Today the Dutch ecological community has convened at the Netherlands Annual Ecology Meeting (NEAM) in the forest near Lunteren. The meeting was kicked off by plenary lectures by Trisha Atwood and Han Olff who talked to the theme of “Ecosystem functioning in a changing world”. Trisha highlighted the importance of animals in modifying plant communities and their consequent importance for understanding changes in carbon storage. Han illustrated the complexity of ecological networks and posed the significant challenge of understanding changes in competing networks. Following the plenaries I chose two sessions to follow. The first on “Plant Ecology” and the second on “Ecosystem Resilience”. There were many exciting talks in both sessions, two of which grabbed my attention. Mara Baudena (Utrecht University) highlighted the complexity of modelling forest-grassland interactions in Africa, while Sofia Gomes (Naturalis Biodiversity Centre) showed surprising (to me) variation in mychorizal fungi across the globe.Furthermore four talks were presented by researchs at my home, the Institute for Biodiversity & Ecosystem Dynamics (University of Amsterdam):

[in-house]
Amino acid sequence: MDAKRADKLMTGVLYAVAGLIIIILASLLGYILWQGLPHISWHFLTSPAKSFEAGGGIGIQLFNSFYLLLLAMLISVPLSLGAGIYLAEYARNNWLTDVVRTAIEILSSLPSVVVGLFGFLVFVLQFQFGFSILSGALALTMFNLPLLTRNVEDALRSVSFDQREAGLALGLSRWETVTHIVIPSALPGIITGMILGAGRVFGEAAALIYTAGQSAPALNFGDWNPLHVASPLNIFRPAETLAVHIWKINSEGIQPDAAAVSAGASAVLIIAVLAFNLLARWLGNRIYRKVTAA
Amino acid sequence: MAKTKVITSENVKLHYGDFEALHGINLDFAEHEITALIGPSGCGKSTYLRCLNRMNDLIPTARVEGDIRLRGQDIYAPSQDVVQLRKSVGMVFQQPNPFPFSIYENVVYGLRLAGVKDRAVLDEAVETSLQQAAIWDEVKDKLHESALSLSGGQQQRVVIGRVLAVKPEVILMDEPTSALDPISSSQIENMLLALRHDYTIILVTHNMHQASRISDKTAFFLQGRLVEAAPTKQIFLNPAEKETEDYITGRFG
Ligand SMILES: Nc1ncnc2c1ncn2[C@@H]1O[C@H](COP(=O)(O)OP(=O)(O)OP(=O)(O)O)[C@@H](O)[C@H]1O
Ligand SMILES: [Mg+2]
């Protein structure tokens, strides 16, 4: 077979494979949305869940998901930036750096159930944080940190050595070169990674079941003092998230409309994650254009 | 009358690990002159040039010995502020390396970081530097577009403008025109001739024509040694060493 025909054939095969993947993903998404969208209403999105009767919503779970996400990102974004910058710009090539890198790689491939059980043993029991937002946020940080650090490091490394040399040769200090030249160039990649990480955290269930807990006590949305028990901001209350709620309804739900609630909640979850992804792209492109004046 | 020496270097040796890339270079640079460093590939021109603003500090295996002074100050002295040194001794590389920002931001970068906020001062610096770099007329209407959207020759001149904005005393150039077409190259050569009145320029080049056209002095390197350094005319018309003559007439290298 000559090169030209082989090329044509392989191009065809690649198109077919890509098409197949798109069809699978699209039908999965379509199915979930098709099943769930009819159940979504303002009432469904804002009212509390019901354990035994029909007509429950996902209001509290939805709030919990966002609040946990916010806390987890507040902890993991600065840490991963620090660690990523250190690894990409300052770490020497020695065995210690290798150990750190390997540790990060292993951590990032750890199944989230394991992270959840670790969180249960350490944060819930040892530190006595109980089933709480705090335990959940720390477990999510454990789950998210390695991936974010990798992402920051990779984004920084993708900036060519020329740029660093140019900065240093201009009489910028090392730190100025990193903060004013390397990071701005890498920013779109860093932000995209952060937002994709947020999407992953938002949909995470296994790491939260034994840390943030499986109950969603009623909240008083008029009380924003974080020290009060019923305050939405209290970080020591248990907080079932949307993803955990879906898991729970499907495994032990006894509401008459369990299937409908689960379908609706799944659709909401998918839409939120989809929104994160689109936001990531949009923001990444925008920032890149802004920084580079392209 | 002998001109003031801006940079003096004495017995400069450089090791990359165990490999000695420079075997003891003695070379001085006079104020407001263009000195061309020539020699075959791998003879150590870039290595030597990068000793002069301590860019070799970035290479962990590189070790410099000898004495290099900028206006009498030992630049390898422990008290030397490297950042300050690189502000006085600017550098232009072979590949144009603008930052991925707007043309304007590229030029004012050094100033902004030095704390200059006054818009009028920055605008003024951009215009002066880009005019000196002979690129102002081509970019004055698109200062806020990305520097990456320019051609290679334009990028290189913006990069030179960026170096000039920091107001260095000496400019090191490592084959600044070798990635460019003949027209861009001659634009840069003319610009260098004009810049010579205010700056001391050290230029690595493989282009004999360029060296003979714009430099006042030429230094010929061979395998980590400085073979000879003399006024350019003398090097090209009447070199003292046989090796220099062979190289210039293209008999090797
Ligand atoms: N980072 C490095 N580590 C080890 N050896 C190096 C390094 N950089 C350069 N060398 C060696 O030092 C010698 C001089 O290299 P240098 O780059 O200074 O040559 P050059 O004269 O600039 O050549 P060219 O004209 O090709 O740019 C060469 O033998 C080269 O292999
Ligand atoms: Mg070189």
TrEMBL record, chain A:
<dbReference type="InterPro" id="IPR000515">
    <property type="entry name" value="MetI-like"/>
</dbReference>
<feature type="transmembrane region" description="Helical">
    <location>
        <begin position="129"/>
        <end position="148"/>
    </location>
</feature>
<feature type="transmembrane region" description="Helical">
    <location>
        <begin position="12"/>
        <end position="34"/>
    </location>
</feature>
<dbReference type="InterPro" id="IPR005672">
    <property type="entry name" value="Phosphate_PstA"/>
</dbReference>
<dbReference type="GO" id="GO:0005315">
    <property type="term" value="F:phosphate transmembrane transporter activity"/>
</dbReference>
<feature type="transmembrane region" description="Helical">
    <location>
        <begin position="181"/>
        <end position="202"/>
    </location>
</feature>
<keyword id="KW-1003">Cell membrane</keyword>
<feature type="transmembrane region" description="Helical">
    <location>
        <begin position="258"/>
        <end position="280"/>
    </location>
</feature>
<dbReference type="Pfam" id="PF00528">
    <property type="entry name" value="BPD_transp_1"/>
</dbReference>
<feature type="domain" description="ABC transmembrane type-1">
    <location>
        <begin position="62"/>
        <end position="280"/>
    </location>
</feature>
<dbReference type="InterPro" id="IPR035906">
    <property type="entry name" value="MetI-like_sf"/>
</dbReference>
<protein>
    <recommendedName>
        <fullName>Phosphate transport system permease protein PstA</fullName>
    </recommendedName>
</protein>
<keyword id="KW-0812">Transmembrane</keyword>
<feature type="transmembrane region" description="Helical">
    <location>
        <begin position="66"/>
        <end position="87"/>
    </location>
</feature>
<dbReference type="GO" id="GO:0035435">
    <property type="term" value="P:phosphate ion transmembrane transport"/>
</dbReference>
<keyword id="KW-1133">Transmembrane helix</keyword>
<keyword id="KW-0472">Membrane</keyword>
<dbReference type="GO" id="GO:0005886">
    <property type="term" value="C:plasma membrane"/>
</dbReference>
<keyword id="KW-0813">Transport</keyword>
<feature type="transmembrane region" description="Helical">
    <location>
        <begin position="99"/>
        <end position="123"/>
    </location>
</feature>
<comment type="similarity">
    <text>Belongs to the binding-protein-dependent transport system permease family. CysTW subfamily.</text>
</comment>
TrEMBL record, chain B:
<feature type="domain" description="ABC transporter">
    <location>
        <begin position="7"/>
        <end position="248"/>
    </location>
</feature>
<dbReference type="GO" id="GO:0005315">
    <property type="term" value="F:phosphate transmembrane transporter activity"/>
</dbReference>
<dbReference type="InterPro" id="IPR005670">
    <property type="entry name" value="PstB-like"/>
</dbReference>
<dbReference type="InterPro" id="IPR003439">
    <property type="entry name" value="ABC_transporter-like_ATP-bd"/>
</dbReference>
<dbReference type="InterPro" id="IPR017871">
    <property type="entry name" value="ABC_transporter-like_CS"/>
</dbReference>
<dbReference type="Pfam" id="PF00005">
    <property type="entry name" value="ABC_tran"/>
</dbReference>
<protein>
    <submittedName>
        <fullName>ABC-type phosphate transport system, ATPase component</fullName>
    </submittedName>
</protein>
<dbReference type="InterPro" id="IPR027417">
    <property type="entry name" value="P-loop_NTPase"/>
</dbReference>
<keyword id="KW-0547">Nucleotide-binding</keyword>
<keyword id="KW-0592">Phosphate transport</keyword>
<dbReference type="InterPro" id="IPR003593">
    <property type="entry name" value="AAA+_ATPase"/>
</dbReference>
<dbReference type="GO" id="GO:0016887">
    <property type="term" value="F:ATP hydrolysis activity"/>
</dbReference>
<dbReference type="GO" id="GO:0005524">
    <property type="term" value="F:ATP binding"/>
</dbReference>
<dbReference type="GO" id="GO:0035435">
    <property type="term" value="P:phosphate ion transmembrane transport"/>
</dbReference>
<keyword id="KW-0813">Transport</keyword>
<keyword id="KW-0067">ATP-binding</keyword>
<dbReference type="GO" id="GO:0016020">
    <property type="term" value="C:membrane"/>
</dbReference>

Crystal McMichael“Ancient human disturbances may be skewing our understanding of Amazonian ecology”
On Wednesday I attended my first Netherlands Annual Ecology Meeting (NAEM) unfortunately, due to prior commitments, I was not able to attend the whole event, but I still managed to get a nice insight into the vibrant Dutch Ecological research community. Particularly exciting for me was the “Biodiversity in Space and Time” theme. Plenary sessions by Alexandre Anotonelli (University of Gothenburg) and Hans ter Steege (Naturalis Biodiversity Center, Leiden) focused on the Amazon ecology past and present. The subsequent session on the same theme, organized by Daniel Kissling (University of Amsterdam) and Niels Raes (Naturalis Biodiversity Center), was also excellent and ranged from species richness patterns past and present in Gabon (Andre van Proosdij, Naturalis Biodiversity Center), through soil microbes (Kelly Ramirez, Netherlands Institute of Ecology) to the role of sea level change on island biodiversity (Kenneth Rijsdijk, University of Amsterdam). I am looking forward to attending more of these meetings in the future and getting involved with the NERN community.